What can change if the entire government is blue (blue is the colour of the Democrats, red is the colour of the Republicans), are higher taxes, stricter regulation, the destination of public spending, foreign policy, and the financing of health care. In any case, public spending will increase, but even more so among the Democrats than among the Republicans.
Biden wants to invest as much as USD 3.5 trillion, the largest investment programme since the Second World War. He wants to restructure the US economy through green projects to tackle climate change. He is counting on subsidies for clean cars, green buildings, and a boost for public transport. Clean energy, according to the Americans, energy from wind, solar, nuclear, or hydropower, will benefit. In the short term, a decision will have to be taken on the financing of health care, and the outcome of the elections will play an important role in this.
American politics is highly polarised and this is also visible in society. This polarisation started in politics. Under the influence of the Tea Party, the Republicans moved to the right and, in response, some of the Democrats led by Bernie Sanders moved to the left. The result of this polarisation is an incipient pillarisation on the basis of political colour. Republican voters only talk to Republicans and Democratic voters only to Democrats. This pillarisation is visible in the media, in residential areas, and in local organisations and clubs. Trump’s presidency has made a significant contribution to this division of American society. Once Trump has disappeared from the scene, it is quite possible that moderate Democrats and moderate Republicans will seek rapprochement. Thus, a new ‘Green Deal’ in both camps is a good thing. Certainly, when the Republicans retain the majority in the Senate, both parties are condemned to cooperate. In view of the major challenges facing American politics, cooperation is also necessary. A movement towards the moderate middle cannot, therefore, be ruled out.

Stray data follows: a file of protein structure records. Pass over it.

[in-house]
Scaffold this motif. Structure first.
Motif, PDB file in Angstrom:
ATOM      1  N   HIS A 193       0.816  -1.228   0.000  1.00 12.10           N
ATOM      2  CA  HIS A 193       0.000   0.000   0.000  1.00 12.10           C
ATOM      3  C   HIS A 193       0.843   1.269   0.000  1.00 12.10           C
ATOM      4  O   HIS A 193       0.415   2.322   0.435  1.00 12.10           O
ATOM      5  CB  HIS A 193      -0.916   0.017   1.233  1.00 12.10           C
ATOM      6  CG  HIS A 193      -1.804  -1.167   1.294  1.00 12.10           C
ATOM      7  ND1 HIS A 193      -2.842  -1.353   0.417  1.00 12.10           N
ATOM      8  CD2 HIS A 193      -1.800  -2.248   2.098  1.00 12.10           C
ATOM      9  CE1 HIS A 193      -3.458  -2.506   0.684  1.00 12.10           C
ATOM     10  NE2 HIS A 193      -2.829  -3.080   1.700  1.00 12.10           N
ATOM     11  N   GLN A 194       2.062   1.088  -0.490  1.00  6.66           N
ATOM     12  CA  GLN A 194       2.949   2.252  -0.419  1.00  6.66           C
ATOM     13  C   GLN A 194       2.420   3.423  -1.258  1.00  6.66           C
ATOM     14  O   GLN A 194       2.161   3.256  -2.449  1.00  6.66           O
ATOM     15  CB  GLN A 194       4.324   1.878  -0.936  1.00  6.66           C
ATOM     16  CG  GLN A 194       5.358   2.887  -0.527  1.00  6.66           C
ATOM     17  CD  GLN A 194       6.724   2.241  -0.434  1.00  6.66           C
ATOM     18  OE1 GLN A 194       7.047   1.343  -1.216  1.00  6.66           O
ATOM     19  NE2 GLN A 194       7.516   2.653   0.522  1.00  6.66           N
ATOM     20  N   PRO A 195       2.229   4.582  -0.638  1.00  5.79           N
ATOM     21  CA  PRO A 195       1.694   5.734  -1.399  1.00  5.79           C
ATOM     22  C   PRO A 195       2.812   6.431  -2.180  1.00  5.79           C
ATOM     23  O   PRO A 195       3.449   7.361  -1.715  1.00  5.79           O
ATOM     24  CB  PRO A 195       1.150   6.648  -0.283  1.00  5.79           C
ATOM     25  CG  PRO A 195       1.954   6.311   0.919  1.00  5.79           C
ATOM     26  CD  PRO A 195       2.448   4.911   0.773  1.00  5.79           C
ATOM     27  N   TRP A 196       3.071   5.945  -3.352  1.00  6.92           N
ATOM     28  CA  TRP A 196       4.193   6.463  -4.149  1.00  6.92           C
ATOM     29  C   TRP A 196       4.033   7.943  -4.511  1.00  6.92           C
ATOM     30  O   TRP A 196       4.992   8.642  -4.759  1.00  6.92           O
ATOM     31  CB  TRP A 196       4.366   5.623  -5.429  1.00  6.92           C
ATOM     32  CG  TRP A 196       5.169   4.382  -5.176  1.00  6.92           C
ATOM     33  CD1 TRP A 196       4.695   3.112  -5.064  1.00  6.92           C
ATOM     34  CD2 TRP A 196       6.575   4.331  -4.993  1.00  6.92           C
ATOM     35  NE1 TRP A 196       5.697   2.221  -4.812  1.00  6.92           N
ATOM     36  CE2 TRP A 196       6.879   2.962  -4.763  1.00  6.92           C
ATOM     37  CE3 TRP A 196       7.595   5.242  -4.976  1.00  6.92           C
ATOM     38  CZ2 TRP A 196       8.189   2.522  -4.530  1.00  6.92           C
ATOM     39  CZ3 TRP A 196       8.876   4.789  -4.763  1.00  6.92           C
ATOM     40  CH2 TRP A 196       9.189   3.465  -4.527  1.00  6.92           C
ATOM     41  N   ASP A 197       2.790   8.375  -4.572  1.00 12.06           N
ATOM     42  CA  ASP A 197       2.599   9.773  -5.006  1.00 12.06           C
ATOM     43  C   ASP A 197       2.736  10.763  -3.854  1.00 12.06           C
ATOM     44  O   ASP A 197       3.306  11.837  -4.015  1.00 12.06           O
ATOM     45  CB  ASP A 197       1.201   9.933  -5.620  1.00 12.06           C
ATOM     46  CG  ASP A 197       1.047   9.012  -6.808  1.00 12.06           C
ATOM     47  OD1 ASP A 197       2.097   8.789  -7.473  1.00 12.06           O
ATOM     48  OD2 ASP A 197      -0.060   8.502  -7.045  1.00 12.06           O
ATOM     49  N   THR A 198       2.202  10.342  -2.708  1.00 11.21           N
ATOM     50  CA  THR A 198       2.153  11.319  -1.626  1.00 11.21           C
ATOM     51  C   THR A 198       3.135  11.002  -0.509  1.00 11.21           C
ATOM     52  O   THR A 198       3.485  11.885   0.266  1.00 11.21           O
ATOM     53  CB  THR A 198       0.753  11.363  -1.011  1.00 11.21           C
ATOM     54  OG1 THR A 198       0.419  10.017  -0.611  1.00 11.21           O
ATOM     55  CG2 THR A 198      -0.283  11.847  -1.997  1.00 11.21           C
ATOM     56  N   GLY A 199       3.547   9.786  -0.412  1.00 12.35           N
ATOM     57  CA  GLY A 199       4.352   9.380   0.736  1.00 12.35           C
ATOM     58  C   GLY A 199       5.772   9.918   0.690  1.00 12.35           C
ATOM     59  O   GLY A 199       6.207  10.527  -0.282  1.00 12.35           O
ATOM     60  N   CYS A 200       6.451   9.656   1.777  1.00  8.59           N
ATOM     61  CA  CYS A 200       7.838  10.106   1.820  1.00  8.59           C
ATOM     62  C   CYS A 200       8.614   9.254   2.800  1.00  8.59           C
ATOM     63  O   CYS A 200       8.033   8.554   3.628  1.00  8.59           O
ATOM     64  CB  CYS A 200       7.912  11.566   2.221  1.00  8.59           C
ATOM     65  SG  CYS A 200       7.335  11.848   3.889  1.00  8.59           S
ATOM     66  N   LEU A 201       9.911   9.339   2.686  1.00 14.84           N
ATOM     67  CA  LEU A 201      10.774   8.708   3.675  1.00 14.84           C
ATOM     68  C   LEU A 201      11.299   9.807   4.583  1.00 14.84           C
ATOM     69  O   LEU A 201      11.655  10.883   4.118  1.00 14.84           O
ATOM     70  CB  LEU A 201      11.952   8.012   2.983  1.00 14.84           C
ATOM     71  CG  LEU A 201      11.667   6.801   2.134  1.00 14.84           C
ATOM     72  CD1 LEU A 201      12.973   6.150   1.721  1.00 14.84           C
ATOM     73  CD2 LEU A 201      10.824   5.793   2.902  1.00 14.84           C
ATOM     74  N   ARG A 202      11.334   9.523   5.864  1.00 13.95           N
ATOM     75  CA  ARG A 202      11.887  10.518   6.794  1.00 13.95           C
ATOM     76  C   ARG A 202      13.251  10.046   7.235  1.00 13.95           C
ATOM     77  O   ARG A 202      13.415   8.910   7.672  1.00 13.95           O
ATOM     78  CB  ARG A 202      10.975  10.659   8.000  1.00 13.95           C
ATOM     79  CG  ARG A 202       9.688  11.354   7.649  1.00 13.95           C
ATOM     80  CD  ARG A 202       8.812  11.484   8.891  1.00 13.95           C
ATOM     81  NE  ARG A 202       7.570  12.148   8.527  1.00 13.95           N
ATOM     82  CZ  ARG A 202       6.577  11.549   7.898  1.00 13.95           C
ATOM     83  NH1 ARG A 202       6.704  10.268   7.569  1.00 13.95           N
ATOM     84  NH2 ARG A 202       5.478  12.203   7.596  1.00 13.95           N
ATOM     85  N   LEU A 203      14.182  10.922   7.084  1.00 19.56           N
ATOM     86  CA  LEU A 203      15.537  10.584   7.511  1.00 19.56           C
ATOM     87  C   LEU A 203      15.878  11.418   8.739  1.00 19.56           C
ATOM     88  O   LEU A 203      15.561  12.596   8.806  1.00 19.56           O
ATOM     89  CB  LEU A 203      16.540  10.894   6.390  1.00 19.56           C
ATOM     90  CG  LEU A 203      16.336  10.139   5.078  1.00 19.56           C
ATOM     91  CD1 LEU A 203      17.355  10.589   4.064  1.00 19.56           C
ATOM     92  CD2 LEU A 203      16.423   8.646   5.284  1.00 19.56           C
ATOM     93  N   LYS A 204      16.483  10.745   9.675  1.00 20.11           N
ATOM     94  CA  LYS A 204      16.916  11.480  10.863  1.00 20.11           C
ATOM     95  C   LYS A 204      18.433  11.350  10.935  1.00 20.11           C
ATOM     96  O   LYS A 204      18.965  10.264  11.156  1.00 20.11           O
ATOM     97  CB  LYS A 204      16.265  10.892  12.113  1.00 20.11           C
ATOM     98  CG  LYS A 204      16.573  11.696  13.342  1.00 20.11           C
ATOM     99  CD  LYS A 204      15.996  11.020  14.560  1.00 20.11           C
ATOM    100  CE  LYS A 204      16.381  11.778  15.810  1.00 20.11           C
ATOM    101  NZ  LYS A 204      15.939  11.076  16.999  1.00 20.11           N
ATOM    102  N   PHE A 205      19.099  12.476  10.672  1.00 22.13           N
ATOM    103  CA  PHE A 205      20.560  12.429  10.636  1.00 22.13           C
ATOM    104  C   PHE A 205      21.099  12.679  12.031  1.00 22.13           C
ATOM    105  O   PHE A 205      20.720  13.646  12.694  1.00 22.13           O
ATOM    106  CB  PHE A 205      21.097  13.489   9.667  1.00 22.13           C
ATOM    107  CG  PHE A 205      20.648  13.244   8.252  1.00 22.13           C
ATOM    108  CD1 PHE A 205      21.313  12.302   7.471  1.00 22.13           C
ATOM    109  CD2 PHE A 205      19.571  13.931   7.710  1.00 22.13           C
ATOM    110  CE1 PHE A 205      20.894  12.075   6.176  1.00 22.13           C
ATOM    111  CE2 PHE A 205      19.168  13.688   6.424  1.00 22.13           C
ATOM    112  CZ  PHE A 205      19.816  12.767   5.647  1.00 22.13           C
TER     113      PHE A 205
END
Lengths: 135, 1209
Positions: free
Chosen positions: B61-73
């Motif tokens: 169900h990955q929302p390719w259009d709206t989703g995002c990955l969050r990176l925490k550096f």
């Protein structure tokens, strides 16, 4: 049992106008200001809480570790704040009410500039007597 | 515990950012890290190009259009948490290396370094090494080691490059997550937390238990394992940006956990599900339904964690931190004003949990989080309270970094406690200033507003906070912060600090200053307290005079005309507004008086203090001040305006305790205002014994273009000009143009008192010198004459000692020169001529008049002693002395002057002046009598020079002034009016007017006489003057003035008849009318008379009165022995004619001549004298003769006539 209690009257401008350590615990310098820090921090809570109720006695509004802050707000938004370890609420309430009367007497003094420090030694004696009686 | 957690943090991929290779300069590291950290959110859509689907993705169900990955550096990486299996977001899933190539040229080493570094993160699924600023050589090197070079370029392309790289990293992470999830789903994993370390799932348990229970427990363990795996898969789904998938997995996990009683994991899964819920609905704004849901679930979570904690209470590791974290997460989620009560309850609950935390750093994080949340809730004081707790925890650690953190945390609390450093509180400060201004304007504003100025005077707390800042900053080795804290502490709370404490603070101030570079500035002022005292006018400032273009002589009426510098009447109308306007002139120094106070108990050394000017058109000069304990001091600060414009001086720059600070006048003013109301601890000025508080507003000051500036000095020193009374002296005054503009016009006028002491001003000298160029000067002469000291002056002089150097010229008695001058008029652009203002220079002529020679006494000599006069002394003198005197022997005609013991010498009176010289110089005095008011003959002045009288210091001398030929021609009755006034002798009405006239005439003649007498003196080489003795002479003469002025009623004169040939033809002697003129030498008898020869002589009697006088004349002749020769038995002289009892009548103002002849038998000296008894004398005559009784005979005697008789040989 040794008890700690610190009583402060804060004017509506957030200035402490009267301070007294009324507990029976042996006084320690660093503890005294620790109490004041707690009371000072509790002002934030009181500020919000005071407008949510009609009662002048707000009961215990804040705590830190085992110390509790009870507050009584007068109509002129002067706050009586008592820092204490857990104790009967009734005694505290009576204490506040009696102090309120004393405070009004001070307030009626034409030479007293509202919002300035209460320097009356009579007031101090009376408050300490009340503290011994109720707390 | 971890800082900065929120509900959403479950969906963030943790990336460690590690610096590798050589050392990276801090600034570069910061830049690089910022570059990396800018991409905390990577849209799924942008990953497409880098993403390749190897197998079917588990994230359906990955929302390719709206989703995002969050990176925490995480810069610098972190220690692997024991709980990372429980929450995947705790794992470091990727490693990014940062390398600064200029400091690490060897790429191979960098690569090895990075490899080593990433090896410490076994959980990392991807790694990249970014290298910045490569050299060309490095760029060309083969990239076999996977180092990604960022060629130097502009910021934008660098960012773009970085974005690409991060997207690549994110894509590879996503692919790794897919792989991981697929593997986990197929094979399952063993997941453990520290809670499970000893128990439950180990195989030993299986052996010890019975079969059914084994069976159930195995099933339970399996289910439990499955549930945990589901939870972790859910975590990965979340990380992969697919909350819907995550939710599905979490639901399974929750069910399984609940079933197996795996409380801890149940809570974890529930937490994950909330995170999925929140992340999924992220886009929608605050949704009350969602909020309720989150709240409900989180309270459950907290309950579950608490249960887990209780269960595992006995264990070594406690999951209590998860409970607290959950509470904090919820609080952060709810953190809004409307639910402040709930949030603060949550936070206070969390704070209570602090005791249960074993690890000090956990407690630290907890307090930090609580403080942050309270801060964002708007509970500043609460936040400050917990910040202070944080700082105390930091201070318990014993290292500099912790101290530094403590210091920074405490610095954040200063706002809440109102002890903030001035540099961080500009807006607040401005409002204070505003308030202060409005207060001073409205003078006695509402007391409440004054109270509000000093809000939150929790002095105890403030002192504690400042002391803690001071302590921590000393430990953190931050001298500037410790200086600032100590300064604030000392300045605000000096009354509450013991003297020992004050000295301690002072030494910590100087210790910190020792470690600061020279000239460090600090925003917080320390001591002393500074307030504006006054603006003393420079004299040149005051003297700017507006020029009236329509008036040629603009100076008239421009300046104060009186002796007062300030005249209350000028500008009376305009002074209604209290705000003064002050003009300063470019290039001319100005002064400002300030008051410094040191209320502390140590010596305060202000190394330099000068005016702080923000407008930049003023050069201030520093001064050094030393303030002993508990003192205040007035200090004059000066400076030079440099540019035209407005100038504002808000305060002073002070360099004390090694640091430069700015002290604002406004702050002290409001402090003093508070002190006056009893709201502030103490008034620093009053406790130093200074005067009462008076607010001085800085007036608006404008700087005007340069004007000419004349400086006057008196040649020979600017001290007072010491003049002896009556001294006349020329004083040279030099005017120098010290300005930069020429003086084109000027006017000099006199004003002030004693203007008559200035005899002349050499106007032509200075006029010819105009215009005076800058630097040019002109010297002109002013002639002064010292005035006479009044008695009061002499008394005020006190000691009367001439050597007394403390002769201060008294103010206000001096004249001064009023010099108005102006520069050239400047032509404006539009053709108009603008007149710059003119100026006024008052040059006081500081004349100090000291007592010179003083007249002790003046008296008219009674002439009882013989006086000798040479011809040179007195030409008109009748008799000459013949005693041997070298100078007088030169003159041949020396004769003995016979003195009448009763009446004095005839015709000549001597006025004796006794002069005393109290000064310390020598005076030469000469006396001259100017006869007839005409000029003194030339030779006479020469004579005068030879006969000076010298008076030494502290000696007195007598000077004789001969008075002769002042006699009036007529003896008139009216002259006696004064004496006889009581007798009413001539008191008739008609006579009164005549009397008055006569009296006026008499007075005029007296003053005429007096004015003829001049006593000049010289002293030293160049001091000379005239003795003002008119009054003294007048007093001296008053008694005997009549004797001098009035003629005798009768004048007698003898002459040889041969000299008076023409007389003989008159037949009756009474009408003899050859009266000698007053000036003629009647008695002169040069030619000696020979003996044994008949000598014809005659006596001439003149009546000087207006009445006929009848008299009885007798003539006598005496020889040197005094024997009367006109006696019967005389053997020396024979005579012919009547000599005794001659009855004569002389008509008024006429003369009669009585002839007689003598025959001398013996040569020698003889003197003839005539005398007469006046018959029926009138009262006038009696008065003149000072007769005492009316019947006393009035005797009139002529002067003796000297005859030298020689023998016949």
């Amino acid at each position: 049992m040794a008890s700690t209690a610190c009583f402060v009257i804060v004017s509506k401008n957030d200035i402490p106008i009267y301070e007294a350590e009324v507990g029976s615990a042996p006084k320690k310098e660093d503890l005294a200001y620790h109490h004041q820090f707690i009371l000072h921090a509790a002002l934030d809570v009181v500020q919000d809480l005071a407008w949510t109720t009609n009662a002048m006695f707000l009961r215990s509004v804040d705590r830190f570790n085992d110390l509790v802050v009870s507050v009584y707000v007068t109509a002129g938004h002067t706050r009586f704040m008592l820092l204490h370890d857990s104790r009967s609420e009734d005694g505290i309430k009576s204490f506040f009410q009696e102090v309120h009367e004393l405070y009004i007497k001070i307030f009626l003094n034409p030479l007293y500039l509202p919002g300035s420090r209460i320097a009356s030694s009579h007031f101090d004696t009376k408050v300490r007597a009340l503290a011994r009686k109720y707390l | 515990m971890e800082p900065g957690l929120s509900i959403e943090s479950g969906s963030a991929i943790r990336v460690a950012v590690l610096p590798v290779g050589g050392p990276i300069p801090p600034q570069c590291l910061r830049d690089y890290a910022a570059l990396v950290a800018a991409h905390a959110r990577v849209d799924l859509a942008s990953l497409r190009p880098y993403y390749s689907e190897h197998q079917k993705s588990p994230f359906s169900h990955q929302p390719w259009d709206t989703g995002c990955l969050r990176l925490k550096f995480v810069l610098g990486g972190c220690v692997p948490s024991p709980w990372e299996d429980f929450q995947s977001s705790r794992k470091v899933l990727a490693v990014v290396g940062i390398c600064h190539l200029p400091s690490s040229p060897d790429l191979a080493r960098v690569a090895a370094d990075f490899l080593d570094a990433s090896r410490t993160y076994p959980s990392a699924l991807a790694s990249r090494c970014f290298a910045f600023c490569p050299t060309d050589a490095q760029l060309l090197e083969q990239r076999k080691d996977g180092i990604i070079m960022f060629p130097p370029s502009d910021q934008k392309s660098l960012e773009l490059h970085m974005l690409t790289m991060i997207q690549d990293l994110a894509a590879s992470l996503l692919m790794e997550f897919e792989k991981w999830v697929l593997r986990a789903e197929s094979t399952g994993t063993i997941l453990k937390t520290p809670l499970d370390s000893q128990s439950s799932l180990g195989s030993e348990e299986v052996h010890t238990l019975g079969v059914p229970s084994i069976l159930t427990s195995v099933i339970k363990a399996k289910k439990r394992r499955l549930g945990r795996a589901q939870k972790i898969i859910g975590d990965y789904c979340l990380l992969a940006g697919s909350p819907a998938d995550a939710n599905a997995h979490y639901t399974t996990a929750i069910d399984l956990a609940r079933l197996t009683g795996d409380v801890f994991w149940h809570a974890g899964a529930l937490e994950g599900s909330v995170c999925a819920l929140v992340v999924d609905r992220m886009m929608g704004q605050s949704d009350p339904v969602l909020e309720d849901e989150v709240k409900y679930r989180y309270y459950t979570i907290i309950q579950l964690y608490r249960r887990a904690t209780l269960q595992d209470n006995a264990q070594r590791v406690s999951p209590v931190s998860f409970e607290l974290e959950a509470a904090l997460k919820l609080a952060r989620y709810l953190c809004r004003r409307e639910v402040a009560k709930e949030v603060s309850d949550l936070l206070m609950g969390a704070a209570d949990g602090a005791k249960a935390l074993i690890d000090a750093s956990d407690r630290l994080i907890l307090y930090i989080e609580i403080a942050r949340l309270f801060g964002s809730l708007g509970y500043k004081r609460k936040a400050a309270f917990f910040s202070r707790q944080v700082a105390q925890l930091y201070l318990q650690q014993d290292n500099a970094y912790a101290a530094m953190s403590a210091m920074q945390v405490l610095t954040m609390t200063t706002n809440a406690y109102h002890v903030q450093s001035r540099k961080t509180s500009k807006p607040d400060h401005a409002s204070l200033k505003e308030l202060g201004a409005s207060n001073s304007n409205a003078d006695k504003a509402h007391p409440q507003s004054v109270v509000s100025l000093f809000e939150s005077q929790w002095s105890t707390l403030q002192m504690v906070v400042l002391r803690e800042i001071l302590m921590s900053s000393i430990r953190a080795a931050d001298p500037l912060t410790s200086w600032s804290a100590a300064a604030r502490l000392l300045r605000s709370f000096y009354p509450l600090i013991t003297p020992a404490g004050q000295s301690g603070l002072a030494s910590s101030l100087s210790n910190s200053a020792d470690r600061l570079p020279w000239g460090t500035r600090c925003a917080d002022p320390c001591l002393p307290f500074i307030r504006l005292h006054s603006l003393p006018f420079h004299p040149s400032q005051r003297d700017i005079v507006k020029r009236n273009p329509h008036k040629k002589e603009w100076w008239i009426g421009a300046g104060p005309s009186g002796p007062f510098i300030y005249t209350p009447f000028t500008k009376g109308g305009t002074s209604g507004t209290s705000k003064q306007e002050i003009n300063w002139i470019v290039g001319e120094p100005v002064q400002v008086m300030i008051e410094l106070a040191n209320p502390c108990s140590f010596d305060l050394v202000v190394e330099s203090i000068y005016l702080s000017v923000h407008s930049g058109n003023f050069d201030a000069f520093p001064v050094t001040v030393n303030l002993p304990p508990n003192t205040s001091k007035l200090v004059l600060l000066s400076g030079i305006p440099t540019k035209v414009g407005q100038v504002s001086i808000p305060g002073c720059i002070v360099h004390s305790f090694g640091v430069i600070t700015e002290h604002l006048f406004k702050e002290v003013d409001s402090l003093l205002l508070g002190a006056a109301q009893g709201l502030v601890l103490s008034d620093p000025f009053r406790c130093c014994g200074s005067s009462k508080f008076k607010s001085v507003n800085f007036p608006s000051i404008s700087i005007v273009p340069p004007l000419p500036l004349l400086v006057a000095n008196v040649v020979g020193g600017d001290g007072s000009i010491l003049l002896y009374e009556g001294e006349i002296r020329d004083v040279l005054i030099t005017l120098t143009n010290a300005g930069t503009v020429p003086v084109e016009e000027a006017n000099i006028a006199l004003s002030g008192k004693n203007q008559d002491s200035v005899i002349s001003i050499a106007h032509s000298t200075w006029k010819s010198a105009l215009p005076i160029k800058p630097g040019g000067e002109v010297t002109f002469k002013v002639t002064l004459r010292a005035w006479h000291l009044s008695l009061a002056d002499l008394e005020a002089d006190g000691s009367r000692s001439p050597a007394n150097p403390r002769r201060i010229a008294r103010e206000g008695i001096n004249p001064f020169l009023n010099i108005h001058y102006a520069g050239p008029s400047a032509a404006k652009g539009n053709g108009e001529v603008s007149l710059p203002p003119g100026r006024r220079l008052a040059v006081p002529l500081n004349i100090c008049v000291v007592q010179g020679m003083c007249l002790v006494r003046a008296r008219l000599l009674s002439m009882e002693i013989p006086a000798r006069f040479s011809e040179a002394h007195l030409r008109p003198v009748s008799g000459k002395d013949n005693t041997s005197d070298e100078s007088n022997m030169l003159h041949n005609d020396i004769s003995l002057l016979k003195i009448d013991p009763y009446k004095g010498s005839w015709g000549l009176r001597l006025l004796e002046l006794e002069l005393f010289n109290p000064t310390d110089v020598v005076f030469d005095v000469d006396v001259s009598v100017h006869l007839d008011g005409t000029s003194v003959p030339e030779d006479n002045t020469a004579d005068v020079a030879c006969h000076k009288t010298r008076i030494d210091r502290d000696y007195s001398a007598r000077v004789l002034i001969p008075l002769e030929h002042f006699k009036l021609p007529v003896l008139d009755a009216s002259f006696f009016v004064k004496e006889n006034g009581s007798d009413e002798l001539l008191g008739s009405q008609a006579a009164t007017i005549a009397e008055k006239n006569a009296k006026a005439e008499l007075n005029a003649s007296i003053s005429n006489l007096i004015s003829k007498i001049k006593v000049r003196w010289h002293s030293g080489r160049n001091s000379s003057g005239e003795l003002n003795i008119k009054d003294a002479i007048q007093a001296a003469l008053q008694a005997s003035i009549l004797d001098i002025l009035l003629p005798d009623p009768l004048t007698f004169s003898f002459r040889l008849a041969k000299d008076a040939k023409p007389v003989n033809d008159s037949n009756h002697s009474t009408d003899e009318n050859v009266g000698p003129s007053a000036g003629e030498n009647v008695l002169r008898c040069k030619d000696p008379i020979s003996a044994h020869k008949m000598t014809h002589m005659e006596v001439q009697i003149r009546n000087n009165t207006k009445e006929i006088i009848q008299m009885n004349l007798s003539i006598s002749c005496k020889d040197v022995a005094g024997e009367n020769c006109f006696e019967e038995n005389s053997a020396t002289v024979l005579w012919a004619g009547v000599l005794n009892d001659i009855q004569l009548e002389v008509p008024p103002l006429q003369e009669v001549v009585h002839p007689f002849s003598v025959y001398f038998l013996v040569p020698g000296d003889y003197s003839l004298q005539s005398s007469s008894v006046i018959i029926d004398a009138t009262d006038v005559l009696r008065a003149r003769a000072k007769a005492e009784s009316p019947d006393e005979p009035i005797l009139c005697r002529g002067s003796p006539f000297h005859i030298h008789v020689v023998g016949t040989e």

It is unlikely that the outcome of the American elections will change the direction of the financial markets. Stock markets are rising under Democratic presidents and Republican presidents. Both sides continue to provide fiscal stimulus and, together with the liquidity injections from central banks, this will have a major impact on the financial markets. There is, of course, uncertainty about the outcome of the elections, which may set the markets in motion, but we also know that with the passage of time after 3 November, there will automatically be more clarity. Less uncertainty almost always has a positive effect on the financial markets.
The decreasing uncertainty is also an excellent basis for strong economic growth in 2021. A year in which the impact of the coronavirus will diminish, which could also broaden economic growth. That may also be the time when inflation rises, but as long as central banks keep interest rates low it will be positive for the stock market. Savers and bondholders will continue to foot the bill for the high level of debt, in the form of interest rates remaining too low for longer.